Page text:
Probably everyone’s memories of childhood summers include food: picnics, cookouts, ice cream trucks, and/or gardens. So this week, we decided to indulge in some summery gastronomic delights:
Colette: The best summer eating, I think, comes from eating fresh. This week I made a recipe using as many ingredients from my garden as possible. There is something very rewarding about going into your yard and coming in with dinner. I made a smoked gouda, tomato and basil frittata.
The eggs came courtesy of our chickens, Grace, Scout and Frederick (who got a boy’s name because she was named by a child who didn’t know chicken gender from a hole in the ground). We get three eggs each day, so it takes two days to gather the eggs necessary for the recipe. The tomatoes (I used a handful of grape tomatoes because I like those best), basil and jalapeno came from the garden. Since I don’t grow olives or make my own cheese (yet) those ingredients came from the food store.
Smoked Gouda, Tomato and Basil Frittata
- 6 large eggs
- 1/4 cup milk
- 1 tablespoon extra virgin olive oil
- 1 teaspoon diced jalapeno
- 2 large ripe tomatoes, peeled and sliced (or grape tomatoes)
- 1/2 pound smoked gouda, diced
- 2 tablespoons slivered basil leaves
- Sea salt and freshly ground black pepper
Preheat the broiler.
In a large bowl, beat the eggs with the milk.
Pour the oil into a large ovenproof skillet. Place over medium heat on the stovetop and pour in the egg mixture. Scatter the tomatoes, cheese, jalapeno and basil over the eggs. Season with salt and pepper to taste.
When the bottom just begins to brown, place the skillet under the broiler just until the top is set, a minute or less. Remove from the oven and use a large spatula to transfer the frittata to a serving platter. Cool about 10 minutes, cut into wedges, and yum.
Emily: It’s not exactly a summer recipe, but I baked a birthday cake for my dad over the weekend. Though you probably can’t tell it, baking a cake’s a day long undertaking for me – two days if you include the debate over what cake to bake. Last year I made a pistachio cake with a butter cream frosting that left me in tears. Taking note of the extreme humidity, I decided to go with a sturdier cake, chocolate peanut butter.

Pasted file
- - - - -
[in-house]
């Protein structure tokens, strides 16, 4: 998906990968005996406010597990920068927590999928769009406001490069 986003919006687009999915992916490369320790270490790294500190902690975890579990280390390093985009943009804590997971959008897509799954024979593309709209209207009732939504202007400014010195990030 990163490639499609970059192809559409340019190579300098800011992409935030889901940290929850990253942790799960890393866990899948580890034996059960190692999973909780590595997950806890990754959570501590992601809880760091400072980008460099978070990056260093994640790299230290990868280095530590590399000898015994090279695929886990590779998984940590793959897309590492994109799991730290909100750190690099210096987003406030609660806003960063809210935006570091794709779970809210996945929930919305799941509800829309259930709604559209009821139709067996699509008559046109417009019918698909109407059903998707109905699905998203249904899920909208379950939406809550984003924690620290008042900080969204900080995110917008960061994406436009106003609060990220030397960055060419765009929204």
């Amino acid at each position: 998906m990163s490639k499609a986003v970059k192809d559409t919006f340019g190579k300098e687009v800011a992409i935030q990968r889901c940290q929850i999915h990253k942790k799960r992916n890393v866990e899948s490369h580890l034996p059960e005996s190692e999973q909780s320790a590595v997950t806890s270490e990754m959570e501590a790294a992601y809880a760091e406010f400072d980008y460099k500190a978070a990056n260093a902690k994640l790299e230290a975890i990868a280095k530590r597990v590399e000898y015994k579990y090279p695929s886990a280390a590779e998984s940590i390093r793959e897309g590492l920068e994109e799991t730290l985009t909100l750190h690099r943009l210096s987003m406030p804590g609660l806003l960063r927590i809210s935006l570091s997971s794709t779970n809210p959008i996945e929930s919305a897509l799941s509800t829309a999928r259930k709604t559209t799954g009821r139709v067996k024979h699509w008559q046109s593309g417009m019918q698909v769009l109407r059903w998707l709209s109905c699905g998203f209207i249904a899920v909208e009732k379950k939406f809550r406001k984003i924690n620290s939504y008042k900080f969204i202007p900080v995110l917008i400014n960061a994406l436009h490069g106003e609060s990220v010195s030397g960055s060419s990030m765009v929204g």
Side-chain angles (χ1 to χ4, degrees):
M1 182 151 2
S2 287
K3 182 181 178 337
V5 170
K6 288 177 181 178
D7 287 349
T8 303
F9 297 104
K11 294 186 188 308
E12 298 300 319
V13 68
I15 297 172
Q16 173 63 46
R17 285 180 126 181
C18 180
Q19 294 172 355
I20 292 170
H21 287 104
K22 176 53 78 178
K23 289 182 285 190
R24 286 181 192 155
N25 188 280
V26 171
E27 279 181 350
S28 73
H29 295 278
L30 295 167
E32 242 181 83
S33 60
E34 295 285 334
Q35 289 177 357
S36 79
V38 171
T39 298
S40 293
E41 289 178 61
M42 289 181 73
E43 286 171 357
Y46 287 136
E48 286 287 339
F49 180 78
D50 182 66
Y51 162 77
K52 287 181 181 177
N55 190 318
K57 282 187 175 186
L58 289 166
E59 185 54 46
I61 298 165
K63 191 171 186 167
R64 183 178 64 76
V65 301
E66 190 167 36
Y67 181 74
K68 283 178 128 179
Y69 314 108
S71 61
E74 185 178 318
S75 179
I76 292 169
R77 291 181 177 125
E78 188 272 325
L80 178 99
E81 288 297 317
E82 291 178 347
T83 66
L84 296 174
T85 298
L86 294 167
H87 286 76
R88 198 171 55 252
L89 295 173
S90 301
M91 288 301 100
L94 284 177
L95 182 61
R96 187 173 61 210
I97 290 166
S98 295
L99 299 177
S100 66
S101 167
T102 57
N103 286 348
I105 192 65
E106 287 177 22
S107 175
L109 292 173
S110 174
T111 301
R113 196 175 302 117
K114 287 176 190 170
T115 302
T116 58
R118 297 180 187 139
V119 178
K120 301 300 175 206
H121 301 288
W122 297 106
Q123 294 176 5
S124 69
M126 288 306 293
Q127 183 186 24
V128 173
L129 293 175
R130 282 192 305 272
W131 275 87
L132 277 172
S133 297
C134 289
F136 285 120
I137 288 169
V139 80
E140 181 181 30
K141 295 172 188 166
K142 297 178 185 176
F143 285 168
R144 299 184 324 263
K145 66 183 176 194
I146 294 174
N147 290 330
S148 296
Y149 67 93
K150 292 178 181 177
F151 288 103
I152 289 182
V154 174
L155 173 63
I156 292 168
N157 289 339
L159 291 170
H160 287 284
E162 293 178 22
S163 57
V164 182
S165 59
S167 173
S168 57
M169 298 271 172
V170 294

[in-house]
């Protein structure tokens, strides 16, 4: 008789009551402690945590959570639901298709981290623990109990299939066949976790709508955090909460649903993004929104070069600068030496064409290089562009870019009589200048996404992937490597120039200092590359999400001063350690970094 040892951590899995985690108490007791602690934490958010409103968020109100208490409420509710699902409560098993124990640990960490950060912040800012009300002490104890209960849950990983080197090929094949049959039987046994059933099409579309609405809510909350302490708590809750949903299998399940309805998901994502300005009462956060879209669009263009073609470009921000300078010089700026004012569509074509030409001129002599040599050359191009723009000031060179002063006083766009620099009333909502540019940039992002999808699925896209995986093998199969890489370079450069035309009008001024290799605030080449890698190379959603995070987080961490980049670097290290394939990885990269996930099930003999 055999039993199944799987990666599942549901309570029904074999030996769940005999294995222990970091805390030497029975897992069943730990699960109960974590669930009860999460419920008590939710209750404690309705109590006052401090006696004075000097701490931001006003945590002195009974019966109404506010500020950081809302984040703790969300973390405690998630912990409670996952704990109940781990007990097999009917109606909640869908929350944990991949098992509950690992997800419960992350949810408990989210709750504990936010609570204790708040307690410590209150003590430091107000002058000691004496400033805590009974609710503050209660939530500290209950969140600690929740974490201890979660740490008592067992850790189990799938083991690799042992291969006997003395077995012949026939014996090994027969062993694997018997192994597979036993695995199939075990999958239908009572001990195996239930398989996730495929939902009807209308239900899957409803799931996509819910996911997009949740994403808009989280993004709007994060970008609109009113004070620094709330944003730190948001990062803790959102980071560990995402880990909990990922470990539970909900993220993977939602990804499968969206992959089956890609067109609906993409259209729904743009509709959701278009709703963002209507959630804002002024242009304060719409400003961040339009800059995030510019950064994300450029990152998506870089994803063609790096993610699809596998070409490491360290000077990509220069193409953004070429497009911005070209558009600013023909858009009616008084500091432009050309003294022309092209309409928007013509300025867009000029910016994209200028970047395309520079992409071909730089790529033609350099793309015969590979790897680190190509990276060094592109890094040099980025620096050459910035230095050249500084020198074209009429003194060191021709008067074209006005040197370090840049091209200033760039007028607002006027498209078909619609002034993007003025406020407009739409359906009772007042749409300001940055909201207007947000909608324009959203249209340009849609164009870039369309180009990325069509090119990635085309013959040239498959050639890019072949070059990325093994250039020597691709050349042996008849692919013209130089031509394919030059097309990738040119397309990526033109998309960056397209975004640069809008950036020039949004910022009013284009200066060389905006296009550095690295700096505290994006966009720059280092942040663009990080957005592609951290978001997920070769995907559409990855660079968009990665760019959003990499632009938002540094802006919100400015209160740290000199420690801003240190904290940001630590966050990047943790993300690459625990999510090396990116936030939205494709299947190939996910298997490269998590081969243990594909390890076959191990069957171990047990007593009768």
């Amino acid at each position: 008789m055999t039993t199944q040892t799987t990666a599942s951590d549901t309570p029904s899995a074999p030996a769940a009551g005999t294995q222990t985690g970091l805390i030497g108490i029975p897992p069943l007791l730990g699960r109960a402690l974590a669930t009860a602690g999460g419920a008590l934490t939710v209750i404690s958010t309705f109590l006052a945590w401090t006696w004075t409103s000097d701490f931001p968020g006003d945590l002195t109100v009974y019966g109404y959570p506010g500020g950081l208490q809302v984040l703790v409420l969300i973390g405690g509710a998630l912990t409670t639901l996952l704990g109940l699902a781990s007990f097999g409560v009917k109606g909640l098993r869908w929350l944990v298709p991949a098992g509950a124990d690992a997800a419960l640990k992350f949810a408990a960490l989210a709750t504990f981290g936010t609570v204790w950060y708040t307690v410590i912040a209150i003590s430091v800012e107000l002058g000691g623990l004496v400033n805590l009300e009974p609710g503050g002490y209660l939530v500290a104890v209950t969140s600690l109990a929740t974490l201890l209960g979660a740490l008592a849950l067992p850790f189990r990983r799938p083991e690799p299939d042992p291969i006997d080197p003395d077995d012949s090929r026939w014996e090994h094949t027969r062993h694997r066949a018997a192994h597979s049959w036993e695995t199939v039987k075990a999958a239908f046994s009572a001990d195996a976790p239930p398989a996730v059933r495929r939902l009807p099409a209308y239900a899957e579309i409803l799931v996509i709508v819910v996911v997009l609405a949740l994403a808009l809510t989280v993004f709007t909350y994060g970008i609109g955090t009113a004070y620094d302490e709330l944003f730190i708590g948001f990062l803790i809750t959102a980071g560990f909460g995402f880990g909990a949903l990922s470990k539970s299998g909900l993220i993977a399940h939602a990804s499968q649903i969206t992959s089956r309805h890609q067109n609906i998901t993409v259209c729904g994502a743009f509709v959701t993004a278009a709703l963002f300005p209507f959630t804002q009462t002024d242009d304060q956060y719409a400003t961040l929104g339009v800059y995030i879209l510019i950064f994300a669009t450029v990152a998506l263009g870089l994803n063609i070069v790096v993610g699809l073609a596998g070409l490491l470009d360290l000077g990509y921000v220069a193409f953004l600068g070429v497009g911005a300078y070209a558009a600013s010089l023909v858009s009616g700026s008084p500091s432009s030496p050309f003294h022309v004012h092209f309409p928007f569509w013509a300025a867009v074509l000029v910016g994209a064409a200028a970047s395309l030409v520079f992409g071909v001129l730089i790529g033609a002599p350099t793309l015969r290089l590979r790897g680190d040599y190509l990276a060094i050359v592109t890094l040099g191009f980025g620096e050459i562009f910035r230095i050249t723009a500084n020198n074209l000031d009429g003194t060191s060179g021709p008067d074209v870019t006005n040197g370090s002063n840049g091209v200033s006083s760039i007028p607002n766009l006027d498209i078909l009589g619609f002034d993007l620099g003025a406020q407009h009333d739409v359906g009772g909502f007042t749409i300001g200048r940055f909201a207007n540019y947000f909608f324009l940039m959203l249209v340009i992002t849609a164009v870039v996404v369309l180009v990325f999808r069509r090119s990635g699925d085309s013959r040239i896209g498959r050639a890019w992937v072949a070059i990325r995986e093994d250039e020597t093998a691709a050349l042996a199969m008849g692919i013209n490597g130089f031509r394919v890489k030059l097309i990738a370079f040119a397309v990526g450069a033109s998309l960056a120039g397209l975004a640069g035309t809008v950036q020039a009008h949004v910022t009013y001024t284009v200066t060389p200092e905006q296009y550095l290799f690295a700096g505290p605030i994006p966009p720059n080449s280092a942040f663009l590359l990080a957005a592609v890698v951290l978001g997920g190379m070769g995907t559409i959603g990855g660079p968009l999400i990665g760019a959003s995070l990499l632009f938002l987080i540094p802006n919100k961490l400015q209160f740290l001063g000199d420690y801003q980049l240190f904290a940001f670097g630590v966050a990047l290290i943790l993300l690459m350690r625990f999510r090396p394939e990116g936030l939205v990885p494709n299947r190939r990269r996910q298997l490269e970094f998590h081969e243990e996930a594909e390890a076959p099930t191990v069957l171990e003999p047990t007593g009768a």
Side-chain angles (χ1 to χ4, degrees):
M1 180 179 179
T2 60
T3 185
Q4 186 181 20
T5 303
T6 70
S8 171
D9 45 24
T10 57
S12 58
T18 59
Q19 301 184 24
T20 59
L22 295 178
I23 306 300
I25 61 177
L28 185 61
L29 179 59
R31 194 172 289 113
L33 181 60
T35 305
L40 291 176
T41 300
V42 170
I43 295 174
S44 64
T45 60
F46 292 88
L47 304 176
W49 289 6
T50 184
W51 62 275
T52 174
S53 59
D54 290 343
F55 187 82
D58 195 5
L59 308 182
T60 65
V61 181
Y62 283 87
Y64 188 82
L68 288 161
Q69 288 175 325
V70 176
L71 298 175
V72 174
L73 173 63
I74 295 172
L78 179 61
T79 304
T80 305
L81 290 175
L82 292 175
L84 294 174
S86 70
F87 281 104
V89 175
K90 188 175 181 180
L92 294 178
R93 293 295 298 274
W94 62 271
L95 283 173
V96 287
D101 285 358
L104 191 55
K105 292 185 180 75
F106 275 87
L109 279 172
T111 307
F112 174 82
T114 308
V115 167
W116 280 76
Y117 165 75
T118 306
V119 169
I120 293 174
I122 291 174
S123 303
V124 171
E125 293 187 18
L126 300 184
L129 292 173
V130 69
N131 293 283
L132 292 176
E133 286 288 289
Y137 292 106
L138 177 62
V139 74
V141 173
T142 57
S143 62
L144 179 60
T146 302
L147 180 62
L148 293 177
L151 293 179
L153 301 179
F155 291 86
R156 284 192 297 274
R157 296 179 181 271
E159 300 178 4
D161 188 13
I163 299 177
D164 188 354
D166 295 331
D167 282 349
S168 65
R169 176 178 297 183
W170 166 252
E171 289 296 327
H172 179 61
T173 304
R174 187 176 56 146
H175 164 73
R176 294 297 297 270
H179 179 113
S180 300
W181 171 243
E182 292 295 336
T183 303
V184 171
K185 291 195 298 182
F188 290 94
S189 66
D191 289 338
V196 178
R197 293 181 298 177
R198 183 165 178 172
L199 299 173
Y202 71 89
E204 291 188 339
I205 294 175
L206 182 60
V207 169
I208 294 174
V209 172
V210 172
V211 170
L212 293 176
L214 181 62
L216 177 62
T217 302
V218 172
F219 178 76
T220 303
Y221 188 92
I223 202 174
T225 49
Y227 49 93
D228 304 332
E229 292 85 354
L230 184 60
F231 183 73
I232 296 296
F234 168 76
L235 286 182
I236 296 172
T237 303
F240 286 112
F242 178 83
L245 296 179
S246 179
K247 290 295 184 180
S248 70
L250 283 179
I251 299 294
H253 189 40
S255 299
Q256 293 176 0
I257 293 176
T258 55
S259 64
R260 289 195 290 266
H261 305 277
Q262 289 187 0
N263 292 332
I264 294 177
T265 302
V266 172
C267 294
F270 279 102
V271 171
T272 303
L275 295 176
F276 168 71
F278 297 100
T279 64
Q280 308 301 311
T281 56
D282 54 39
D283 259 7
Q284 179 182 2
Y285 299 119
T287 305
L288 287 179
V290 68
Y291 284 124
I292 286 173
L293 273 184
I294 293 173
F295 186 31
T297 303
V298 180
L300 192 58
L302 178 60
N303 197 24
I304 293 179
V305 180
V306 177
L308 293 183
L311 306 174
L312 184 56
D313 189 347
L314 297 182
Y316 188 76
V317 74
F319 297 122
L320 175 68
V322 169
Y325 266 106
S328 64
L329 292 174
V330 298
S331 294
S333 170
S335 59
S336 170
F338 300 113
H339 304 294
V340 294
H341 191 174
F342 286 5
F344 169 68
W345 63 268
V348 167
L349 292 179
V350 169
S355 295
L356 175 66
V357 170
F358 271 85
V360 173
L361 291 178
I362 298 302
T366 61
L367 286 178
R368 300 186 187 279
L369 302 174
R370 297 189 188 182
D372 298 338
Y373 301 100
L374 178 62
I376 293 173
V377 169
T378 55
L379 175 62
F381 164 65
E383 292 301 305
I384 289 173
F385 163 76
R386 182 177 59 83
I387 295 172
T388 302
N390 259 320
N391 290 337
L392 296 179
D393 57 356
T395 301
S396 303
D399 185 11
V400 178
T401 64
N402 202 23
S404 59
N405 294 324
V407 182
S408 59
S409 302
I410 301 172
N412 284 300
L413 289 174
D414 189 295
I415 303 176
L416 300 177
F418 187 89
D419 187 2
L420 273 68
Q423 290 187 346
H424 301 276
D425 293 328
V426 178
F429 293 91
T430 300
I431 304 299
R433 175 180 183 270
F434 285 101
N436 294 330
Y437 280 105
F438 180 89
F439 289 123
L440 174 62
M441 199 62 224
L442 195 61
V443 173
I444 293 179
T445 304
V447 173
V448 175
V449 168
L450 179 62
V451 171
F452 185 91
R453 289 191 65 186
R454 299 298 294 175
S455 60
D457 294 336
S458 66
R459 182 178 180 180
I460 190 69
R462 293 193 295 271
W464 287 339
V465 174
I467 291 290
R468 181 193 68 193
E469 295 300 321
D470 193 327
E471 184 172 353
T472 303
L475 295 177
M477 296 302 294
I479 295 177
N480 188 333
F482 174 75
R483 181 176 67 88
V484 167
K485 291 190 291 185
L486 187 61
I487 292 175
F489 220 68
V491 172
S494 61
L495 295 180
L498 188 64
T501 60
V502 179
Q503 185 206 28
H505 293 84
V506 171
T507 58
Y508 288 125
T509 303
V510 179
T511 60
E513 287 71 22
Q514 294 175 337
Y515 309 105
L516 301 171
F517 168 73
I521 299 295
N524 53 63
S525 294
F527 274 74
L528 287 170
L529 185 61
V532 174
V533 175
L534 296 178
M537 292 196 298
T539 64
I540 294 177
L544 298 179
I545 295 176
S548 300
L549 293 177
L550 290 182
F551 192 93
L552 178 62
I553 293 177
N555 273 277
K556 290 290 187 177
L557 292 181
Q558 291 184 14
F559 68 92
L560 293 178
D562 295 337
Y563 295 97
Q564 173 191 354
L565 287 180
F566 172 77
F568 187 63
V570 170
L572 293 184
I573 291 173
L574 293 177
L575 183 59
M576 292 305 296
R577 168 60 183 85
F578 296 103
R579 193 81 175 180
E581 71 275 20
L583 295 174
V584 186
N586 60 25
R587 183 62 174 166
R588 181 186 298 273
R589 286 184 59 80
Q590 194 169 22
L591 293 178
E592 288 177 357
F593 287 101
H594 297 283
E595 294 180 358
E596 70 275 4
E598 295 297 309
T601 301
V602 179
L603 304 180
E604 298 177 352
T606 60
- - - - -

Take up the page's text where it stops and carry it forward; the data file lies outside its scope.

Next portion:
Pam: Hey, I actually DID this one! On this journey with helping take care of my mother and attempting to feed her well on her journey with a fatty liver, while visiting her and her husband, Chester in Kentucky I threw this together, and it was a huge success! Mom, who announced she didn’t like kielbasa (as well as my step-sister Pam) snapped it right up! I sautéed turkey kielbasa in a small amount of vegetable oil. After the sausage had browned well, I added in snap peas, Vidalia onion (yummy), white mushrooms, and delicious red pepper. I added NO salt or pepper or anything, and it was simply delicious if I do say so myself- and I DO! I served this atop a bed of rice and had cucumbers, tomatoes and a bowl of freshly prepped fruit to go with it, along with bread and butter. Yum Yum!
Sally: Something cold is always good on a hot summer day.
Spicy Honeydew Pops:
3 cups cubed honeydew
1/2 cup honey
1/4 cup Key lime juice
1/8 t ground red pepper
Blend all ingredients. Pour into molds, freeze 8 hours.
Jolly Librarian: Okay. I made this assignment to force myself to make something. I had visions of buying veggies at the Farmers’ Market and whipping up a delicious and healthy dinner. Then as it became obvious that I wasn’t going to do that, I thought I’d find my old blender, buy some fresh fruit, and make a milkshake. That didn’t quite work out either. In the end, I did go to a restaurant with some friends, enjoy a nice summer hamburger and refreshing beverage, and laughed and talked for a hour. And that seems quite a summery thing to do.